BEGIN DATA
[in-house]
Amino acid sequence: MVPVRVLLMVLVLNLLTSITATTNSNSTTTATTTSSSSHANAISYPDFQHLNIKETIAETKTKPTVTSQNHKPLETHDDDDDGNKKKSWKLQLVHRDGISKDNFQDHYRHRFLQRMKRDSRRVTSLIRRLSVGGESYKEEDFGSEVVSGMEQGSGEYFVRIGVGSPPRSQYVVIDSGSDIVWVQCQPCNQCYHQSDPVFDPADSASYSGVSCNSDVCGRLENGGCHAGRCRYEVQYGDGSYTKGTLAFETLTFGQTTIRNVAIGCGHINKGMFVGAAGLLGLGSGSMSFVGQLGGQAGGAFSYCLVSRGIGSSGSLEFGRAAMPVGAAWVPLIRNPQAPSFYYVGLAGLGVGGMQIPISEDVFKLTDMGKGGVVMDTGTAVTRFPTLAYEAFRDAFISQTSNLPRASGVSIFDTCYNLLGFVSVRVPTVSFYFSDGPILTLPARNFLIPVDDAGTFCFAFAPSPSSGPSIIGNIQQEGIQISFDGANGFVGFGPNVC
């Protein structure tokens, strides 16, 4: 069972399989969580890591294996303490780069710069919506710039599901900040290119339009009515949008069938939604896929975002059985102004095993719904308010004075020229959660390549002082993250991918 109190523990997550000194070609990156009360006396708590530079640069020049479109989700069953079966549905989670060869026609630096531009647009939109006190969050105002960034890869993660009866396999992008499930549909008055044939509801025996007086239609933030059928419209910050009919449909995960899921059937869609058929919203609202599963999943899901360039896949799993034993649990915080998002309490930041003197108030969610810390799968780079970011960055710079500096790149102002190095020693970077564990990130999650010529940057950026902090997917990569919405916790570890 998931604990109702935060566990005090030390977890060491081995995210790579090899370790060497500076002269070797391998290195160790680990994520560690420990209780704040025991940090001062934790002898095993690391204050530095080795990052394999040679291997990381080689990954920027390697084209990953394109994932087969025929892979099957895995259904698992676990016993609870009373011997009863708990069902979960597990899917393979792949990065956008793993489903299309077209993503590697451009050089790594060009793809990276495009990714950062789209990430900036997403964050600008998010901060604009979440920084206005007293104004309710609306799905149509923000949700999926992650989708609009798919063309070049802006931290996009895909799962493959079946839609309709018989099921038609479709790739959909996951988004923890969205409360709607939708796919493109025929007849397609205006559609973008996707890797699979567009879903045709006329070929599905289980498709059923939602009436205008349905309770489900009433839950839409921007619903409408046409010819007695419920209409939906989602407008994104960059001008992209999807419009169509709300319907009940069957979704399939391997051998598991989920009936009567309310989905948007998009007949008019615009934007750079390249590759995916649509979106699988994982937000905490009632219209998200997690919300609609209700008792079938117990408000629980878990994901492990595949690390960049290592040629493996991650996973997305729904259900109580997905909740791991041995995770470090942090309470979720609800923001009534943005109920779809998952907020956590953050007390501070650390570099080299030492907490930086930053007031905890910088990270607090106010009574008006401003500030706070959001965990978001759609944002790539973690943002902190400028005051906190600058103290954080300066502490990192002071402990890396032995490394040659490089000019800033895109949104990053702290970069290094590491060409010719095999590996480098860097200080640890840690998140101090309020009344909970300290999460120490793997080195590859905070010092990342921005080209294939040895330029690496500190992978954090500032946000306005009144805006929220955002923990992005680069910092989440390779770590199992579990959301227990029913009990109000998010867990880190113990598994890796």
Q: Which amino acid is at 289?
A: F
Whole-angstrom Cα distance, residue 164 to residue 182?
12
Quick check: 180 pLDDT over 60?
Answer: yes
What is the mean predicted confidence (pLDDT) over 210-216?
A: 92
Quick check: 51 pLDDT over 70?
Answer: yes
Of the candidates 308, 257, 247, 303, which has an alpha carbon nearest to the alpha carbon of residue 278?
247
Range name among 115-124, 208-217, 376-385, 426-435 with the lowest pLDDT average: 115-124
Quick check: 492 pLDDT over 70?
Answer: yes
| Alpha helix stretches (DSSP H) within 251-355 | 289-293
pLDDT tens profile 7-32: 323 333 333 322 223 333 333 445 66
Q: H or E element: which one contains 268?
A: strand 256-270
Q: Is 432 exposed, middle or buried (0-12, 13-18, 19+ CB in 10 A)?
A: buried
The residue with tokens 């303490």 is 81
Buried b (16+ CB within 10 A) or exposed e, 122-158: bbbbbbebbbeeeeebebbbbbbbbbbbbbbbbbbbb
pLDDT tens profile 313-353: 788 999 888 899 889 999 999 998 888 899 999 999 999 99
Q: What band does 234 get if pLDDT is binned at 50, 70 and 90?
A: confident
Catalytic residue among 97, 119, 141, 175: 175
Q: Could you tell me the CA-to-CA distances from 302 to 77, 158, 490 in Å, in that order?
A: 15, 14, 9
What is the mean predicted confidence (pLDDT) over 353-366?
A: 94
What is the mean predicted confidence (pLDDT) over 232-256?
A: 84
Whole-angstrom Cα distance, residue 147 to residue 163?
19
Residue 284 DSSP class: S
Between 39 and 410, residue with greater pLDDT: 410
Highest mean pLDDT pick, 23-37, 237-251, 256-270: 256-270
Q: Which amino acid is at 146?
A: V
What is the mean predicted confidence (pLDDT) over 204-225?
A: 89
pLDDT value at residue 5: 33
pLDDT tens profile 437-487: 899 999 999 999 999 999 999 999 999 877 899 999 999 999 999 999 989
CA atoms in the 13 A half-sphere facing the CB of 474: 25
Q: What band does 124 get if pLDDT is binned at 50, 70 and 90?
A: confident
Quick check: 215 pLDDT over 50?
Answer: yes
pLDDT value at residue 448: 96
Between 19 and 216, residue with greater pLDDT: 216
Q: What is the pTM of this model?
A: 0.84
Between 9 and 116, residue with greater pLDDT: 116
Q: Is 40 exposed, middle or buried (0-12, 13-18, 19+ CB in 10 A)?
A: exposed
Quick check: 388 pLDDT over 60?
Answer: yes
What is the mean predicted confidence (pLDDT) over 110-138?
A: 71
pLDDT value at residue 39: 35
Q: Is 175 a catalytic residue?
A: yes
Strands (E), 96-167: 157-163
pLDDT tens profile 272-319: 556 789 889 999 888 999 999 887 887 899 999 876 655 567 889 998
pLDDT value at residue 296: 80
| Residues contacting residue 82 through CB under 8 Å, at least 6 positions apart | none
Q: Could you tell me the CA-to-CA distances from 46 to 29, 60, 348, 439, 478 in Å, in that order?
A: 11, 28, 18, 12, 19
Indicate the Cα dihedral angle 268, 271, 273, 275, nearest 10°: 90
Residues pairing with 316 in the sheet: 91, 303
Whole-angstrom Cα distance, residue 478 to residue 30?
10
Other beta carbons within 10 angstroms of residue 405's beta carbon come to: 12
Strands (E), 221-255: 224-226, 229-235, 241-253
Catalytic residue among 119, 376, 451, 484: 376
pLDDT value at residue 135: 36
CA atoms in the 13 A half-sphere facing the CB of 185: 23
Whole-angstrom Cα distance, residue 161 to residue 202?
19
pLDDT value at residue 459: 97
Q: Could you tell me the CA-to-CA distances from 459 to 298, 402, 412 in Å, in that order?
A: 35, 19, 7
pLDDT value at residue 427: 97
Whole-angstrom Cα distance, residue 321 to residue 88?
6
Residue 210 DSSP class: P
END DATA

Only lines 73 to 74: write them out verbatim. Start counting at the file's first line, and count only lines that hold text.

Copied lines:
Indicate the Cα dihedral angle 268, 271, 273, 275, nearest 10°: 90
Residues pairing with 316 in the sheet: 91, 303